Wednesday, May 13, 2009
Us West Seattleites, swelling with pride over our little beach town feel, have been hard pressed to ever feel proud of our dining scene. From the Husky Deli to Poggie Tavern to Zatza Better Bagel (what kind of name is that?) our restaurant options have been slim.
But, it's all changing. And changing fast. Might West Seattle become the place for a nice dinner out and a lovely stroll among the neighborhoods? It seems likely.
Our first decent option, Ovio, opened years ago, and was a lone stalwart among taco shops and pub food. Though it was never quite the same after moving from its charming beginnings to a more cavernous Alaska Junction location, they still made a decent martini and knew the difference between medium and well done. But they weren't meant to be--expansion lost the character they started with and the space turned into an oyster bar (albeit a very hip 1950's style oyster bar).
But Ovio paved the way for our increasingly sophisticated taste buds. The short-lived, but excellent, Beato which took over the old, old Ovio spot was everything a restaurant should be: great wine, incredible service, cozy atmosphere, and normal size (not Claimjumper) portions. It was perhaps a bit too smart, and portions a bit too small to make it, but it gave us hope of good things to come.
Recently opened Springhill took the best of Ovio and Beato and has made a decent go of it. The very cool interior and reliably good food that's a bit different than the norm--think spicy pork belly, hen of the woods, smoked king clam crumbs, and Tokyo turnips--make you wonder how it landed in West Seattle. And on Monday nights they do a simple "supper" menu--limited options; good, hearty food; a decent price; and cheap wines by the glass. A perfect to start the week.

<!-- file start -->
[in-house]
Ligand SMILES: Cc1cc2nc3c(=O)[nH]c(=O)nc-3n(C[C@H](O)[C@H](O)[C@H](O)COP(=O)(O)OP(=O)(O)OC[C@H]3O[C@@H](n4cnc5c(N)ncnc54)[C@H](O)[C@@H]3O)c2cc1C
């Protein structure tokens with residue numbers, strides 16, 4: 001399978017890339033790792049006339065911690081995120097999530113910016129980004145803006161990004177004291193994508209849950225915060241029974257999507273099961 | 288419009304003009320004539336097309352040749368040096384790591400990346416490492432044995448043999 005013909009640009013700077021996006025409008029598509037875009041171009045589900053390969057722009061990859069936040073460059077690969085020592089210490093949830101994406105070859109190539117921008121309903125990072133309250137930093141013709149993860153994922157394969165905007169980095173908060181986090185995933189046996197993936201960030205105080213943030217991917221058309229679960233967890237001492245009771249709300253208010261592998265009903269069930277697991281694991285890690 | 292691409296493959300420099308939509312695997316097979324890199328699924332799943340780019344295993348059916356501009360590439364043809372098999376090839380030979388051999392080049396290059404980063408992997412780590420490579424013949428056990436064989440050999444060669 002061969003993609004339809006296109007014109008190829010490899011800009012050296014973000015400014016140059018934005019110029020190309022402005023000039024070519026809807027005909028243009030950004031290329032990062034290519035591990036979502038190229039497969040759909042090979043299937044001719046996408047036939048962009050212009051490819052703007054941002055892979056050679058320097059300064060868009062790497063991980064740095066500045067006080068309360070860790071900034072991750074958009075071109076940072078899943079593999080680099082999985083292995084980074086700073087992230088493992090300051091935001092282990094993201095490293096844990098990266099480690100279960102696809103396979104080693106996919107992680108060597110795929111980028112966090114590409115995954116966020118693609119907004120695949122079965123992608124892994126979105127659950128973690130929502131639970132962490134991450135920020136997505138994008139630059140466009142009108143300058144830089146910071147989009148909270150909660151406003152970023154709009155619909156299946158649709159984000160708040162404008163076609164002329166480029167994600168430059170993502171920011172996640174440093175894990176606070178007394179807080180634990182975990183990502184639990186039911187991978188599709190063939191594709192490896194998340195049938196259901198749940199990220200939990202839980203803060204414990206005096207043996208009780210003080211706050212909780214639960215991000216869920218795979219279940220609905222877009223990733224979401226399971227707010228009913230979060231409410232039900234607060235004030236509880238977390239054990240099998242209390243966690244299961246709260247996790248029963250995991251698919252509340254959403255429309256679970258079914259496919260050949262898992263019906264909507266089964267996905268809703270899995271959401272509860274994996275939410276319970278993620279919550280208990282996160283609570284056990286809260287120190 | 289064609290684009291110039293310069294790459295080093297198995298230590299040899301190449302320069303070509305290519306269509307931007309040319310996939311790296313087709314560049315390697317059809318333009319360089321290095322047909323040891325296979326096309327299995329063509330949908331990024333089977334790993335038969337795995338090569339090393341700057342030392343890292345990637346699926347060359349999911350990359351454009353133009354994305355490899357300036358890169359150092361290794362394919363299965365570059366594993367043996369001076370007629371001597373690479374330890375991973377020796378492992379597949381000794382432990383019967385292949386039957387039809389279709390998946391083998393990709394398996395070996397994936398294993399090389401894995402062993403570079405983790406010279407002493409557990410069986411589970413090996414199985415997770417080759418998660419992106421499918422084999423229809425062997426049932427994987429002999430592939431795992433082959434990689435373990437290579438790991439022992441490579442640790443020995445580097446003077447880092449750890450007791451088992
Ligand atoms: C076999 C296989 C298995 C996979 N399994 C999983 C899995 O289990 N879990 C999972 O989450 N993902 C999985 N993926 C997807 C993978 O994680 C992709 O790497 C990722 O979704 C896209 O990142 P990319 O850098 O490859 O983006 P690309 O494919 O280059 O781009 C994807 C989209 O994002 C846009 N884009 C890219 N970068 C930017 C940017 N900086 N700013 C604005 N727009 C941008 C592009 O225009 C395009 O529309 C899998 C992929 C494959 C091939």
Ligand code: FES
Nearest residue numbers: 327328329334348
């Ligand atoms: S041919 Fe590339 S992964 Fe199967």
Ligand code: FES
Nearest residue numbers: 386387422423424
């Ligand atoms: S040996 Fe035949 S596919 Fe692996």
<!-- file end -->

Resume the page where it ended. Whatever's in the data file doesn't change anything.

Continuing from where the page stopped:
On the other end of the spectrum is Beveridge Place Pub. With a dedication to beer (several hundred on tap or in the bottle), it's what Cheers could have been--cool. A chill attitude, communal tables, lots of pool, and piles of games make it a perfect place for any afternoon. Along with their no attitude rule is one of the best ideas to ever hit a bar: they have a binder of takeout menus and you can call and have food delivered to the bar. Seriously. Hungry for Chinese with your IPA? Done. Want a little Greek? Easy. How about a pizza? Zeek's is right next door. Call and order from the bar and walk down and pick it up when ready. We've even taken our own appetizer with us from home--a steamed artichoke and fresh baguette.
We got the baguette from Bakery Nouveau, the best thing to happen to me in my baked goods life. You know these guys are serious when you see the 2005 Coupe de Monde Boulangerie (World Cup of Bread) sitting pretty in the front window. Basic translation--these are the best of the best, of the best. If you're one of the five or so people left in Seattle who haven't been over to check it out--do so fast. This place is amazing-macaroons (the real kind), handmade chocolates, twice baked almond croissant (sinful), and bread, sandwiches, and everything else to make a trip from nearly anywhere worth it.
Opening soon is a new creation in Alaska Junction by the folks from Herban Feast. A sneak peek at the new menu for The Fresh Bistro looks perfect for rainy nights or warm summers: beet salad; oxtail bourguignon; spring pea soup; and so on.
And if you don't want to eat out but would rather throw your own party, check out the happening event space in an old church, The Sanctuary. It was just voted the best venue by 400 party planners and caterers in the state. It's really the perfect fit for West Seattle--understated, intriguing, and the place where everybody wants to be, but nobody wants to admit just how cool it is...